Fall in love with Kauai at this laid-back boutique beach resort.
Ko'a Kea Resort on Poipu Beach in Kauai (Courtesy of The Meritage Collection).

Fall in love with Kauai at this laid-back boutique beach resort.


The tradewinds blow strong and sweet as the first fingers of light are etched across the dark sky. I stretch my arms, saluting the rising sun from the oceanfront lawn at the Ko’a Kea Resort’s morning yoga class, waves lapping gently against the shore just a few dozen feet away.

Arriving tired and travel-smudged last night, the morning hits me like a warm embrace welcoming me to the island of Kauai. It’s the most beautiful island in the Hawaiian archipelago, I’m told over and over when friends hear where I’ll be spending the long weekend. So far, they’re not wrong.

Hawaii and I have an uneasy relationship. It’s gorgeous, of course, and the culture and history is endlessly fascinating, but the state’s charms are also its curse. There aren’t many other places in the U.S.---or even the world—with a tourist landscape so dominated by behemoth beach resorts and pasty Midwestern families. Even in Kauai, the least developed of Hawaii’s large land masses, bloated brand-name hotels are obnoxiously common.

That’s why I was drawn to Ko’a Kea Resort on Po'ipu Beach on the island’s southern side. It has the luxury of a major resort—including a spa, a poolside bar, onsite snorkel and surf gear, and an excellent restaurant—but, with only 121 rooms and suites, only a fraction of its guests. Even at peak sunbathing hours, there are always loungers available on the oceanfront lawn or around the pool.

The pool deck and palapa bar at the boutique Ko'a Kea Resort. (Courtesy of The Meritage Collection)

The boutique resort’s location on Poipu Beach, where green sea turtles and monk seals make their evening bed, is another point in its favor. When yoga ends, I walk east along the sea towards the Maha’ulepu Heritage Trail, a gorgeous two-mile path across ancient sand dunes and through scrubby headland woods. To my right, the turquoise water sparkles and mountains rise green and lush in the distance. The only way to see the entire island, they say, is by helicopter, but Kauai’s extraordinary beauty is already coming into view.

Back at the resort just in time to catch breakfast, I dive into a plate of lemon pineapple souffle pancakes, a decadent stack of sweetness topped in caramelized pineapple compote, one of rising star chef Noelani Planas’ signature dishes at the Red Salt restaurant.

Later that evening, I collect more evidence of Planas’ prowess with rich housemade ricotta, local honeycomb, and truffle oil on smoky grilled naan; perfectly seared ahi steak dripping in soy butter and laid over lemongrass-and-coconut-infused forbidden black rice; sweet monchong dressed in a crust of blue crab and drizzled in lemon beurre blanc; bright passion fruit creme brulee. The sommelier pairs an eclectic tour of global wines for the meal. I’m pleased to see a couple small brands from right here at home out in the wild.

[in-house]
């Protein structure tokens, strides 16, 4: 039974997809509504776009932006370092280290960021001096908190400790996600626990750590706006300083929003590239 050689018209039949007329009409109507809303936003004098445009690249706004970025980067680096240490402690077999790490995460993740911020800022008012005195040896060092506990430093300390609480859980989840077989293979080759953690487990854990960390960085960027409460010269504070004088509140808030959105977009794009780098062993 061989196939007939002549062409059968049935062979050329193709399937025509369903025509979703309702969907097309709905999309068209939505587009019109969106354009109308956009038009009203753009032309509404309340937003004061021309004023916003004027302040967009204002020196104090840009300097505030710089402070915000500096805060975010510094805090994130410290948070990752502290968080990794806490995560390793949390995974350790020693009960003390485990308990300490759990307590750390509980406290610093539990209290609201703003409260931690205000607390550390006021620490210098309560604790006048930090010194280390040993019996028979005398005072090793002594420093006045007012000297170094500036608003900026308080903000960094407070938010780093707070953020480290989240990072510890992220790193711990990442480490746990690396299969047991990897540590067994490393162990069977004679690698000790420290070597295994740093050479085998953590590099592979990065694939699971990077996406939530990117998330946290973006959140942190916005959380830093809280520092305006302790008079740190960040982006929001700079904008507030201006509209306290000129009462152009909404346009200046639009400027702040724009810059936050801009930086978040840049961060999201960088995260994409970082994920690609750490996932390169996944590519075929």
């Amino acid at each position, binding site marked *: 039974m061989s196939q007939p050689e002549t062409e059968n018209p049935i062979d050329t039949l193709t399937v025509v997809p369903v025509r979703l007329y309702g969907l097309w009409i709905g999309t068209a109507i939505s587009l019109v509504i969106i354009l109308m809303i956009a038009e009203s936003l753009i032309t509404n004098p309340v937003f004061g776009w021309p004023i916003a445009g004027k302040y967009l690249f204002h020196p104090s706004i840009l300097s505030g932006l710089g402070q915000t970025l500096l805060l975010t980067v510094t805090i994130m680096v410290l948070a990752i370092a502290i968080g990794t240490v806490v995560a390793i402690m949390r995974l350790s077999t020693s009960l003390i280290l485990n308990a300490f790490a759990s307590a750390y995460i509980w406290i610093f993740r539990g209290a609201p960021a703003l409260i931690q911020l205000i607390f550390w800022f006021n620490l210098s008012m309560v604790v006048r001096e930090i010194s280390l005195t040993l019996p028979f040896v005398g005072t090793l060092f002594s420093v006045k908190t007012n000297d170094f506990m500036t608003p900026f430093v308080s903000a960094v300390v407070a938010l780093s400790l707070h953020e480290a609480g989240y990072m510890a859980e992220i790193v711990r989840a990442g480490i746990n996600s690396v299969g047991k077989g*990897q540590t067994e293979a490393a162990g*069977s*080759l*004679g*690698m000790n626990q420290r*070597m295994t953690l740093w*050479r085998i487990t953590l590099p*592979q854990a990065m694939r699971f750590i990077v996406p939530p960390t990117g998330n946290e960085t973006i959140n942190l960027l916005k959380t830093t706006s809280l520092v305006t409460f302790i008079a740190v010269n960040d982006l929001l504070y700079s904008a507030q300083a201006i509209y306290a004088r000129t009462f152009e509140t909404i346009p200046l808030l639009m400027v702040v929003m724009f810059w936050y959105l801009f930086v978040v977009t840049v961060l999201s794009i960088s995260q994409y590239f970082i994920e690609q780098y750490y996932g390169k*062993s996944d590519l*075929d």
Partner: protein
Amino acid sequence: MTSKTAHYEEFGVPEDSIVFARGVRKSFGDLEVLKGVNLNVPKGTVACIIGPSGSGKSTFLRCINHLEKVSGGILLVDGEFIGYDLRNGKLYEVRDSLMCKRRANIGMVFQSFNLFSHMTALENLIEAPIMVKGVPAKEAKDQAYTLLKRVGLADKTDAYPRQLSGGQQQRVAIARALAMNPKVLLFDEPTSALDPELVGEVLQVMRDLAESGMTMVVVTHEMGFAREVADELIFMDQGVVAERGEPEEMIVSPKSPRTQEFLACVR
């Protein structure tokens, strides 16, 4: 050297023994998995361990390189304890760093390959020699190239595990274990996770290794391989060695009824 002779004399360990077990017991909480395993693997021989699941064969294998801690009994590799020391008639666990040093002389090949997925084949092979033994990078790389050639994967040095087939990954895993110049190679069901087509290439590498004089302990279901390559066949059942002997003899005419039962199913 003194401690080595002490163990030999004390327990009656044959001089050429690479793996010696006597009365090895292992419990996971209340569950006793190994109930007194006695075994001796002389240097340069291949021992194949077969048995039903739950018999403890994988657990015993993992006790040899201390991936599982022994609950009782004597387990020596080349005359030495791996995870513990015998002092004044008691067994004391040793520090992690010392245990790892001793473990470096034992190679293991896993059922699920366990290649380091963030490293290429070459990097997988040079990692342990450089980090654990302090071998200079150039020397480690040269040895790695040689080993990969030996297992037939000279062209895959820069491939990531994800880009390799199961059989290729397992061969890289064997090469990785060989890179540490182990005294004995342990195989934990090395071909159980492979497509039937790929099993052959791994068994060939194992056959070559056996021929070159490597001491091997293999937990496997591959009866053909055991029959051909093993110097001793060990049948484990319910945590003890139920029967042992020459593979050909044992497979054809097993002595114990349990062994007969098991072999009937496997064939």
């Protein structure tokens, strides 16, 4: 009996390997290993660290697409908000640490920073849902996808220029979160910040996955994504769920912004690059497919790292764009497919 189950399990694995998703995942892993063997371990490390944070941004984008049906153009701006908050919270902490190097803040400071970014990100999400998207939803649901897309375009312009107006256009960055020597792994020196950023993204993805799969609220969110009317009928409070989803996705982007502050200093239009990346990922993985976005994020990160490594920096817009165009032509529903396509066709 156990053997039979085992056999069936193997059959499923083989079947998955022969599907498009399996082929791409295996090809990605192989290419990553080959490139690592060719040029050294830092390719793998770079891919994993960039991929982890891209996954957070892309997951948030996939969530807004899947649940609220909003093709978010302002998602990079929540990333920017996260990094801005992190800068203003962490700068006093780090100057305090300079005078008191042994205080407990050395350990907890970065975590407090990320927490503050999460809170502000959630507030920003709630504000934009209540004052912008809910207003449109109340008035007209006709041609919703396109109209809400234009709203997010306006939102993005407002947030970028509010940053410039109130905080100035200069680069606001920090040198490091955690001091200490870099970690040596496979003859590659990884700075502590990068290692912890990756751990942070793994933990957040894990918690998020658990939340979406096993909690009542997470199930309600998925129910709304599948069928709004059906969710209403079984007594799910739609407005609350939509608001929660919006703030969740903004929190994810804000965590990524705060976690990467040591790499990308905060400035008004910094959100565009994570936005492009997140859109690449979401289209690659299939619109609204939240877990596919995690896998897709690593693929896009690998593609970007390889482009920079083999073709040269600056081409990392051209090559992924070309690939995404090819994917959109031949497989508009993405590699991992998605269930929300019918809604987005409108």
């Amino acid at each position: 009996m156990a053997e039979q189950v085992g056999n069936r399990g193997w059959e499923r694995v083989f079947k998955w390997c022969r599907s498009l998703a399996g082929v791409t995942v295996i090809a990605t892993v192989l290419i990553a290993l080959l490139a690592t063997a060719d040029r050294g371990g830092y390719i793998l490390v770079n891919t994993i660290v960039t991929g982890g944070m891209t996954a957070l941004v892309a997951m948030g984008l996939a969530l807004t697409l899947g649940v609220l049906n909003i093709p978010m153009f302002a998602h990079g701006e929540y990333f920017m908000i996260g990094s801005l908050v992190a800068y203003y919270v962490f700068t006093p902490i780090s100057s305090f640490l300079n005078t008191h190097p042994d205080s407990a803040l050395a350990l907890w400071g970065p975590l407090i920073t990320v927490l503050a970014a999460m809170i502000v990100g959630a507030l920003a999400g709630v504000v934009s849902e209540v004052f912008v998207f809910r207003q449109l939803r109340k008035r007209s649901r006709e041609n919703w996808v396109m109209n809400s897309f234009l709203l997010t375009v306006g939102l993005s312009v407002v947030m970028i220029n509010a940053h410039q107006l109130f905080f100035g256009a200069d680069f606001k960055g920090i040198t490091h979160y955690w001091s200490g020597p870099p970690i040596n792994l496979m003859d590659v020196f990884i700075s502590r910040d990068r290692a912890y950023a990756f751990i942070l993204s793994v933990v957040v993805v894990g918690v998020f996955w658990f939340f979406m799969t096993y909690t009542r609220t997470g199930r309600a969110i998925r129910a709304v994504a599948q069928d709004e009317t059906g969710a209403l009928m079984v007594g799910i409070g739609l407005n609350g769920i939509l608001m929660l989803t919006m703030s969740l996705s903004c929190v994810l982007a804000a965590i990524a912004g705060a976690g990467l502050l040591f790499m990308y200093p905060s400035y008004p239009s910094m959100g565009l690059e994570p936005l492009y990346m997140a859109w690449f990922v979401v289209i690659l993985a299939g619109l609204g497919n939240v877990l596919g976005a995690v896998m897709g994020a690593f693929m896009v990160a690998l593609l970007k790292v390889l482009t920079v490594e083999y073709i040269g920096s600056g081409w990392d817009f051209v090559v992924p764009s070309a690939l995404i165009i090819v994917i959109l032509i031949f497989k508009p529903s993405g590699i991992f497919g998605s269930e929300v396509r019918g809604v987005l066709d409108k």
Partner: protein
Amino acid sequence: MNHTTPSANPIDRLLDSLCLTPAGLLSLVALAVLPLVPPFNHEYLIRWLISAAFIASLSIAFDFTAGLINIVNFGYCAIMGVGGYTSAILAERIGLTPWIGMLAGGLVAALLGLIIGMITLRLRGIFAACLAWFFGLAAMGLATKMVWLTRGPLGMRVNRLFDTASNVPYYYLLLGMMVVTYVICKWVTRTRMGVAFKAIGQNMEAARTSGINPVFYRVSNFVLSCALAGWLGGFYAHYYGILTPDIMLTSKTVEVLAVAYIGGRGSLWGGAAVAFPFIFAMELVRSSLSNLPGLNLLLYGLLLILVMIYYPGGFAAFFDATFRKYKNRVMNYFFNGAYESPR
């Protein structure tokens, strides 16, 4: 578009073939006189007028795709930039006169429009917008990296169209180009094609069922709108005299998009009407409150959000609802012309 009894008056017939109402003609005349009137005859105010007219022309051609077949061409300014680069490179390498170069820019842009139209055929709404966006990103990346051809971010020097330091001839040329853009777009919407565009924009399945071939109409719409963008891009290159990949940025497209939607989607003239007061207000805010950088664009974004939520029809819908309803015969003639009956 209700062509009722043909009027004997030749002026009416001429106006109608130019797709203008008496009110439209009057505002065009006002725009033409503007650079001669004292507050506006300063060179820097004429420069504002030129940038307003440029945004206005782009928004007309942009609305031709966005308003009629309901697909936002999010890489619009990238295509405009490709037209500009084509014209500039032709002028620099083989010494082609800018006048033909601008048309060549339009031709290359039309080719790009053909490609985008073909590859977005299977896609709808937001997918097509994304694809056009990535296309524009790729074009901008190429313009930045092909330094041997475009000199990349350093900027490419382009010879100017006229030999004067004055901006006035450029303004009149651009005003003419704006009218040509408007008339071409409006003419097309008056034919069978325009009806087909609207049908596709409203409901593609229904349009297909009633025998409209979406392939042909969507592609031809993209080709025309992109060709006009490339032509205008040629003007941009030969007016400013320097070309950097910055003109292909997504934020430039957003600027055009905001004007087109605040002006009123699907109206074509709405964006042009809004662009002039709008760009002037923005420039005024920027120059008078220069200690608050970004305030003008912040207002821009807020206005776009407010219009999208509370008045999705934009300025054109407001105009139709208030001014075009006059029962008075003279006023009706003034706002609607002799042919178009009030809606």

Luxuriating in my room that night wrapped in a soft robe, my balcony door thrown wide to let in the music of the ocean, I contentedly sink into a stack of pillows. The rooms at Ko’a Kea were just renovated into a pleasing palate of greens, corals, and bronzes that lend a serene, sophisticated air. Each has a patio or balcony with cafe seating and a gray marble bath with dual-headed showers and bath products in island aromas. I can’t think of a thing that could make the space any more complete.

A recently renovated guest room at Ko'a Kea Resort. (Courtesy of The Meritage Collection)

The next day is my chance to see the island in its entirety. Below Blue Hawaiian’s helicopter, the earth rolls from rain-drenched jungle to arid red-rock canyon to sheer coastal cliffs. They weren’t lying: Kauai is truly unreal.

The landscape is still cartwheeling through my imagination as I relax on the beach and make a stop at the spa that afternoon, where a masseuse works magic with her powerful hands. I hear that the snorkeling in front of the resort is excellent, and the gear is literally at my fingertips at Hoku Water Sports, but the chilly January breeze chases me from the water before I get a chance to see what all the fuss is about.

Ko’a Kea is just a few miles from The Shops at Kukui’ula and, since there’s a free party shuttle from Poipu Beach, spending my final evening at Hawaiian culinary staple, Merriman’s (2829 Ala Kalanikaumaka, Koloa), is a no-brainer. Chef Peter Merriman was one of the first pioneers to elevate Hawaiian food into Hawaiian cuisine back in the late ‘80s and his eponymous, sustainably-minded restaurant is now found on four islands, including Kauai. With towering mai tais and heaps of poke, locally grown greens, and fresh catch enveloped in macadamia nuts, I toast to the bounty of the island.

As is true with all beach vacations, the last day at Ko’a Kea comes too soon. But Kauai has one last show stopper in store. As I re-fold my clothes and force them into suitcase form, a double rainbow appears above the resort, one arm erupting right out of the waves so close to shore that if there were a pot of gold at the bottom, it would take just a minute to swim out to find it.

After just three days, I now know that what they say is true. The next time someone asks me my favorite Hawaiian island, the answer will be Kauai.

// 2251 Poipu Rd. (Koloa), koakea.com

An oceanside spa cabana at Ko'a Kea Resort. (Courtesy of The Meritage Collection)

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